Sherlock fans know they’re unlikely to receive a compliment about their intelligence from the genius detective – other people even thinking annoys him. But Benedict Cumberbatch’s partner in crime-solving, Martin Freeman, is a different matter and reckons the show has respect for its clever viewers.
“The writers don’t bang the audience over the head with what they’re supposed to be feeling, they treat the audience like smart people,” Freeman tells RadioTimes.com. “The audience has to keep up with the show."
But it’s not only the twists and turns of Sherlock’s cases that require viewers to pay attention, according to the star, it’s also the relationships at the heart of the show.
"It's not just the deductions but the human interactions that are going on," says the man who plays Sherlock's best friend Dr John Watson. "It’s not all explicit – things are done with a look or non-verbally sometimes that are rather beautiful.”
Freeman remains reluctant to share much detail about the upcoming third series of the BBC1 drama but says that while the relationship between John and Sherlock may develop, even the detective's return after faking his own death will not radically alter the dynamic.
"The essential relationship can’t change that much because there needs to be that air of mutual admiration and slight mutual antagonism of friends who love each other but who wind each other up too."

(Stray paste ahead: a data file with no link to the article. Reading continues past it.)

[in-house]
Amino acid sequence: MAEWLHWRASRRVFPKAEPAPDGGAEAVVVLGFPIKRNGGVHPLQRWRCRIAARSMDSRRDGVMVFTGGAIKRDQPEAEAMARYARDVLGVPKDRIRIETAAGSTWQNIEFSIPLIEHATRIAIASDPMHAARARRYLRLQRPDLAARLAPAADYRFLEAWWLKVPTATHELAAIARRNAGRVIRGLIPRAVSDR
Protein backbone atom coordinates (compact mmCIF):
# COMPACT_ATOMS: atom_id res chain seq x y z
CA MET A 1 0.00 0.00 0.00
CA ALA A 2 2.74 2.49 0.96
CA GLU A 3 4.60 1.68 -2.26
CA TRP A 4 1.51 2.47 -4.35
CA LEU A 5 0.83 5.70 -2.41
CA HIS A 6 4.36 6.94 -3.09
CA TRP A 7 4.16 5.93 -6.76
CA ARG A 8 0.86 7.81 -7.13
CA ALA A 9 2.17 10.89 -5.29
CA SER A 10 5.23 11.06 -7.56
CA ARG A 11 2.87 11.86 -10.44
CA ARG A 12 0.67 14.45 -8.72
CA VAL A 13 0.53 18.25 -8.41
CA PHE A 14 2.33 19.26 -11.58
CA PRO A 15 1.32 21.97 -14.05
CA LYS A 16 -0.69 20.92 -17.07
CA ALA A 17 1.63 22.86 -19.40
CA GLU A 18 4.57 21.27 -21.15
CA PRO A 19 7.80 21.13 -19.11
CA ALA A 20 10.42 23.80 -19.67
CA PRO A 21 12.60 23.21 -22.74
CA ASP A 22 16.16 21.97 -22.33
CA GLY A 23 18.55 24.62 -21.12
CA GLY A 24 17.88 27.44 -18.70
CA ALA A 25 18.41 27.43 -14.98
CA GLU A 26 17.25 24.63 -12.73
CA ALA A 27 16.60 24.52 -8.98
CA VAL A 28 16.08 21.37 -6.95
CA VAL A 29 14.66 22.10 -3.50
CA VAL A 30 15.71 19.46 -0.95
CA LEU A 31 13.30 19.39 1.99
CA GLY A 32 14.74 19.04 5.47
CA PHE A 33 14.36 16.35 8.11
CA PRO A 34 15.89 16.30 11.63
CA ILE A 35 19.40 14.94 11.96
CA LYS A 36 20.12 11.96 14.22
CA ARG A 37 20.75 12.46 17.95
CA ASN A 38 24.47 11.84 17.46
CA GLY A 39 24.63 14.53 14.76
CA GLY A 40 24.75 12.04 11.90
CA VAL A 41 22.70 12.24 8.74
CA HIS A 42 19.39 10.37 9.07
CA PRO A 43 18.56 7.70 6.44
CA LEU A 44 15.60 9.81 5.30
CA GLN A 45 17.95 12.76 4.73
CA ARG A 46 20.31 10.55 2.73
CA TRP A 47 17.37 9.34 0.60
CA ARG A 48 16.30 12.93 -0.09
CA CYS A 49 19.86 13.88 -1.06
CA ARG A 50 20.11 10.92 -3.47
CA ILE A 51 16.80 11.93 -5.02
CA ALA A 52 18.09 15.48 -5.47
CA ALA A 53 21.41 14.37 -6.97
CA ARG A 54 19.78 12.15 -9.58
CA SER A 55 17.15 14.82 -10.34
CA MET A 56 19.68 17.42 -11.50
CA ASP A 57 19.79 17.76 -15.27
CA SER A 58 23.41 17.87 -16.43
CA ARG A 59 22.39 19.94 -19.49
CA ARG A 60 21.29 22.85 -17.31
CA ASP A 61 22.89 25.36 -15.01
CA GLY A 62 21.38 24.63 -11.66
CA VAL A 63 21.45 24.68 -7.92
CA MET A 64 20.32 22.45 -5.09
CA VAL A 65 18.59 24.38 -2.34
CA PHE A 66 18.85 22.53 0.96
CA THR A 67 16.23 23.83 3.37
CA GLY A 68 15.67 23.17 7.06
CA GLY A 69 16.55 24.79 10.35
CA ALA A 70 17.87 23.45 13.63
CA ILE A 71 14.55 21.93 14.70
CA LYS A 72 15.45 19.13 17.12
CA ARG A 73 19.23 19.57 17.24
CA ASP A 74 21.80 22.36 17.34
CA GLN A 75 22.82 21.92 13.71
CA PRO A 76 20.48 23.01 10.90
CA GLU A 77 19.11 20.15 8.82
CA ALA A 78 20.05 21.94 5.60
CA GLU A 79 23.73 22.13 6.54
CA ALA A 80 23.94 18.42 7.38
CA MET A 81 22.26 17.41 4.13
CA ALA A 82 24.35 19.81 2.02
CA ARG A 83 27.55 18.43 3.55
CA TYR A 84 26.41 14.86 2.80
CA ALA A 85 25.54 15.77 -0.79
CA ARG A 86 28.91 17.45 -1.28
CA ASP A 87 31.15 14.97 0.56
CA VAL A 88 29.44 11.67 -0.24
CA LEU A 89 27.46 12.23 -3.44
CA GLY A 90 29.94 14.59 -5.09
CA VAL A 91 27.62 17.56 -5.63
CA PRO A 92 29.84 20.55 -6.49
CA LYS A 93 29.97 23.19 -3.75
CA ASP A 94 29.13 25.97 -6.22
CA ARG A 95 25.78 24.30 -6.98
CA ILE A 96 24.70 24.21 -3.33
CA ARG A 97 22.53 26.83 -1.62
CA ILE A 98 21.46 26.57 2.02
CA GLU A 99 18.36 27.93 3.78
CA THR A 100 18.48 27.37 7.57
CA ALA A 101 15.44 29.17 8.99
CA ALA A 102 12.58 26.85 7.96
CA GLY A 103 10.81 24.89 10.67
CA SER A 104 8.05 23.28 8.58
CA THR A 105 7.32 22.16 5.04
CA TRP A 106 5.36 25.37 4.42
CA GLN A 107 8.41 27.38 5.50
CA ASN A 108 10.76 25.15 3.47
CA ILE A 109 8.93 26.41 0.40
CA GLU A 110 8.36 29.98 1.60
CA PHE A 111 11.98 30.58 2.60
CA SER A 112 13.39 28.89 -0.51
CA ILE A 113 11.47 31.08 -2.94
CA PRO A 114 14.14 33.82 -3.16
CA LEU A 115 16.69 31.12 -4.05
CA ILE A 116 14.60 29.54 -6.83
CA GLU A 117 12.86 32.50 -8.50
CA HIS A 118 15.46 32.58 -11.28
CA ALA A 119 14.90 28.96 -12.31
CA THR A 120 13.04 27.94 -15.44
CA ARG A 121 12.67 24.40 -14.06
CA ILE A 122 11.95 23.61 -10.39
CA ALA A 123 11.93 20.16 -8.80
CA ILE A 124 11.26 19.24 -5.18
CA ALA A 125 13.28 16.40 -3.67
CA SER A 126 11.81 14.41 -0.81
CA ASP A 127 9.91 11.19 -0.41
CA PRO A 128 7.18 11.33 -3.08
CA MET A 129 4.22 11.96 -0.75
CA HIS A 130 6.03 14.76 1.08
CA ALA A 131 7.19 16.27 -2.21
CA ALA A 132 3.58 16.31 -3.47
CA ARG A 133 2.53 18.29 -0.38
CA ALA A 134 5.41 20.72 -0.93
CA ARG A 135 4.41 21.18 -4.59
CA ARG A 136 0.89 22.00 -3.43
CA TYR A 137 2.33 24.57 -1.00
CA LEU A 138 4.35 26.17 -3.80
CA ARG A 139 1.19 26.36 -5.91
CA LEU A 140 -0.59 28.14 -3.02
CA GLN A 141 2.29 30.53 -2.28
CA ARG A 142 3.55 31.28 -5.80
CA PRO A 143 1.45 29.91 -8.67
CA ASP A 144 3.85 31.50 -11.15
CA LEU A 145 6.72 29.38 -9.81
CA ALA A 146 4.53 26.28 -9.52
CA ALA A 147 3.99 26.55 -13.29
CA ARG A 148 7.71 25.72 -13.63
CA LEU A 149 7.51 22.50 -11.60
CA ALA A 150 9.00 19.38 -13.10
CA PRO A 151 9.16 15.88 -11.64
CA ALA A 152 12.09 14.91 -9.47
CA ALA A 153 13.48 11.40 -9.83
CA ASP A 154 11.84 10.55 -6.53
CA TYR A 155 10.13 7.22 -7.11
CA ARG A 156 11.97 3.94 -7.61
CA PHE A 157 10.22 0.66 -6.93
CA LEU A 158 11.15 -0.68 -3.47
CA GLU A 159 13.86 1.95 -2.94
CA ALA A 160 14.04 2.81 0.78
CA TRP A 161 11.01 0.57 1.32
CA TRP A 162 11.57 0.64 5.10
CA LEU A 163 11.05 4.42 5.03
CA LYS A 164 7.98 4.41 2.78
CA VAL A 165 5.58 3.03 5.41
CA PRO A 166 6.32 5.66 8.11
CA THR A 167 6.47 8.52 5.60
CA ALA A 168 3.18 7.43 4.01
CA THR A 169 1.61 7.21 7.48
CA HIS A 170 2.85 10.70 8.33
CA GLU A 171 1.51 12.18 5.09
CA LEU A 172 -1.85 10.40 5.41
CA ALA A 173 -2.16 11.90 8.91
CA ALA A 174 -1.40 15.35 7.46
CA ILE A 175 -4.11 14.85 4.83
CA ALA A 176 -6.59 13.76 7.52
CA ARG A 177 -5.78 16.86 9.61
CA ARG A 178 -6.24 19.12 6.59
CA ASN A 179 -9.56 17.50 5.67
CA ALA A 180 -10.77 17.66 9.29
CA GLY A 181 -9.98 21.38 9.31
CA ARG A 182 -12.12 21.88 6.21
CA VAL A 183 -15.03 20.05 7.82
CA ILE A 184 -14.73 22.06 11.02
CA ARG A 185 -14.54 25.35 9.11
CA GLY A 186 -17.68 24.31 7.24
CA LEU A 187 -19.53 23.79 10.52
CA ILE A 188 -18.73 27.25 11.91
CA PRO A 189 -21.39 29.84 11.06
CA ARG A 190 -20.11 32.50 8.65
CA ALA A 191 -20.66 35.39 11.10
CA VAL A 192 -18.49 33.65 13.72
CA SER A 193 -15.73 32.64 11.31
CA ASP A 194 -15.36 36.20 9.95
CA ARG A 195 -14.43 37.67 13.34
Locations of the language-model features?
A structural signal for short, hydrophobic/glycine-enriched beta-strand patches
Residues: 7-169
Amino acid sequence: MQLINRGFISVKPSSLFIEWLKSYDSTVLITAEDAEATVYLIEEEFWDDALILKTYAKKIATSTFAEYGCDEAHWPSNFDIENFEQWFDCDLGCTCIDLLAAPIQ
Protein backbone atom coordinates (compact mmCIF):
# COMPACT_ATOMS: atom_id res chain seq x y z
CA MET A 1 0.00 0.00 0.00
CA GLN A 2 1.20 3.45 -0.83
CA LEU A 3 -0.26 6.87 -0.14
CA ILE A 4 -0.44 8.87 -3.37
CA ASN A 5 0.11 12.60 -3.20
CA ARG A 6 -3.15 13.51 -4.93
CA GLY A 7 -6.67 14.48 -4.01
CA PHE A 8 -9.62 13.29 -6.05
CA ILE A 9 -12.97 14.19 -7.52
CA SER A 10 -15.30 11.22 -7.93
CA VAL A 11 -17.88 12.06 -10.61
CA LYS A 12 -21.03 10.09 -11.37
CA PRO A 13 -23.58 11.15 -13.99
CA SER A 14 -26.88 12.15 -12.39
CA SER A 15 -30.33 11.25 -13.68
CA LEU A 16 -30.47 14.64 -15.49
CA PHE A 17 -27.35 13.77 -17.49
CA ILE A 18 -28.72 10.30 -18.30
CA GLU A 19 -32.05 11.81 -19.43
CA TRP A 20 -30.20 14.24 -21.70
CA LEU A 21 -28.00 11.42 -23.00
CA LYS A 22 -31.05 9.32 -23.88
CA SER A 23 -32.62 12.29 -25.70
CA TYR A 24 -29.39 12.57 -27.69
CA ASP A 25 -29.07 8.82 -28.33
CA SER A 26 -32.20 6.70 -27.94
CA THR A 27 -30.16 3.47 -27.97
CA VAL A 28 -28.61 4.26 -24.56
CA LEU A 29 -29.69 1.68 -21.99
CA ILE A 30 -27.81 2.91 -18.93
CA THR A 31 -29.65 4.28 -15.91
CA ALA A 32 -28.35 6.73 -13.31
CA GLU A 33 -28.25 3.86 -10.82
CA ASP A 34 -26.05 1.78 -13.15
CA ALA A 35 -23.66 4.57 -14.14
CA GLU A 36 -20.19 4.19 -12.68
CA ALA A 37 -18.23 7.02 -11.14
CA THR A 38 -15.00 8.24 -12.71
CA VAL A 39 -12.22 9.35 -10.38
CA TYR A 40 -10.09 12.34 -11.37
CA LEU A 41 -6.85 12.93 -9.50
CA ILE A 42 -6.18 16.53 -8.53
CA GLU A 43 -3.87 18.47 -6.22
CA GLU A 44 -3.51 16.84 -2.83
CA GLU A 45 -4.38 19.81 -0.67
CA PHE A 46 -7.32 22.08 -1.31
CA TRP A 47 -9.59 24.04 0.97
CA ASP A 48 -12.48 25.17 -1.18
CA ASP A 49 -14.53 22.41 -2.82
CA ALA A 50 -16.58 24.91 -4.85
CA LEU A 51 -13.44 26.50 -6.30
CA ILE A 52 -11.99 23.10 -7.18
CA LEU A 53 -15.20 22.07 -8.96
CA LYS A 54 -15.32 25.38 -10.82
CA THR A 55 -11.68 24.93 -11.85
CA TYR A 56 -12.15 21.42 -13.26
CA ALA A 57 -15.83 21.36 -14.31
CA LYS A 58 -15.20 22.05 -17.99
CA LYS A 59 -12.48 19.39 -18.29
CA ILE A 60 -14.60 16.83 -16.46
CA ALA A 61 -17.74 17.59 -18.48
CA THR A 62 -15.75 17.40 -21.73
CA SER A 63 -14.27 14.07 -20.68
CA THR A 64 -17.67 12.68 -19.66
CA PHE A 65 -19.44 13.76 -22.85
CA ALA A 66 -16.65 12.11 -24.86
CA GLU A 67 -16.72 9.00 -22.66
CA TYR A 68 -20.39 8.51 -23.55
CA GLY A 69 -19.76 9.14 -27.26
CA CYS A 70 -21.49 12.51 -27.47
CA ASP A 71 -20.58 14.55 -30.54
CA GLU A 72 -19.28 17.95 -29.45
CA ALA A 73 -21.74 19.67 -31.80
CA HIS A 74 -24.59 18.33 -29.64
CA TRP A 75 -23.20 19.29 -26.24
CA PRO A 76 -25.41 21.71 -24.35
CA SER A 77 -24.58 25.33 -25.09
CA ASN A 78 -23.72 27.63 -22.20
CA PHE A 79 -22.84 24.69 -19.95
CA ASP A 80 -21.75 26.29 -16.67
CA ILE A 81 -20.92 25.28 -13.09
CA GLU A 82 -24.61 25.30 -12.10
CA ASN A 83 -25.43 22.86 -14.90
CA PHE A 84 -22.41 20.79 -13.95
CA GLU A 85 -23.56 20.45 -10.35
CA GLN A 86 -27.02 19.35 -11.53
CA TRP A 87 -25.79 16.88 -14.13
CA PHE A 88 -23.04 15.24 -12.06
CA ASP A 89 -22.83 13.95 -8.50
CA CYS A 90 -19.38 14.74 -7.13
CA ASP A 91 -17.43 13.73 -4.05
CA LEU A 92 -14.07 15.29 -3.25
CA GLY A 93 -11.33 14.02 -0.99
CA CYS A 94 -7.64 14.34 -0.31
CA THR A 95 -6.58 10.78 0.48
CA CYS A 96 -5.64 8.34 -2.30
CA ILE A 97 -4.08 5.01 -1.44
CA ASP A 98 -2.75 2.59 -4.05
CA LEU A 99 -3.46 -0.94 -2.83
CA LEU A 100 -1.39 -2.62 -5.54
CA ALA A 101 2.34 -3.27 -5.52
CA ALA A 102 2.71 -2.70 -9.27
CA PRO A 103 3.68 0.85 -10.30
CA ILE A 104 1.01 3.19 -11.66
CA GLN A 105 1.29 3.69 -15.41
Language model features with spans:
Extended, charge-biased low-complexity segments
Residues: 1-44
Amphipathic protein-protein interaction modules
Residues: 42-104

[Spoiler (click to open)]Series three Episode 1/3 The Empty Hearse - New Year's Day Wednesday 1 January 9:00pm BBC1
Two years after disgraced detective Sherlock Homes leapt to his apparent death from the roof of St Bart's hospital, he has prepared a characteristically theatrical comeback.
But as his faithful followers celebrate his return, much to Sherlock's annoyance the world has failed to stand still without him. His friend John Watson has been in mourning but he has also moved on with his life, and is now engaged to one Mary Morstan – sensible, quick-witted and not at all taken in by Sherlock's posturing.
As John absorbs the news of his friend's return, and worries about the impact it might have on his plans for domestic bliss, Sherlock must reacquaint himself with the "great cesspool" that is London, before taking on a new and potentially catastrophic case – an imminent terrorist attack on the capital's underground tube system.
But first, whether John likes it or not, Sherlock is going to tell him how he survived The Fall...
The Empty Hearse couldn't be more of a treat if it came wrapped in tissue paper and ribbon and was delivered to each of us individually by the Red Arrows. It's a playful, funny, exhilarating 90-minute adventure with Benedict Cumberbatch, now a proper Hollywood star, oozing a new maturity and confidence as master of all he surveys.
It's two years since Sherlock Holmes hurled himself from the roof of St Bart's Hospital in London and, in Sherlock as in real life, theories are myriad and ridiculous (watch for writer Mark Gatiss's sly little nod to the outer reaches of fandom and its endless propensity to write lurid fiction about Moriarty and Sherlock).
Despite an enveloping sadness, the bereaved John Watson (peerless Martin Freeman) has finally moved on. He's grown an unwise moustache and found a very wise girlfriend (Freeman's real-life partner Amanda Abbington). But he's haunted by thoughts of Sherlock...
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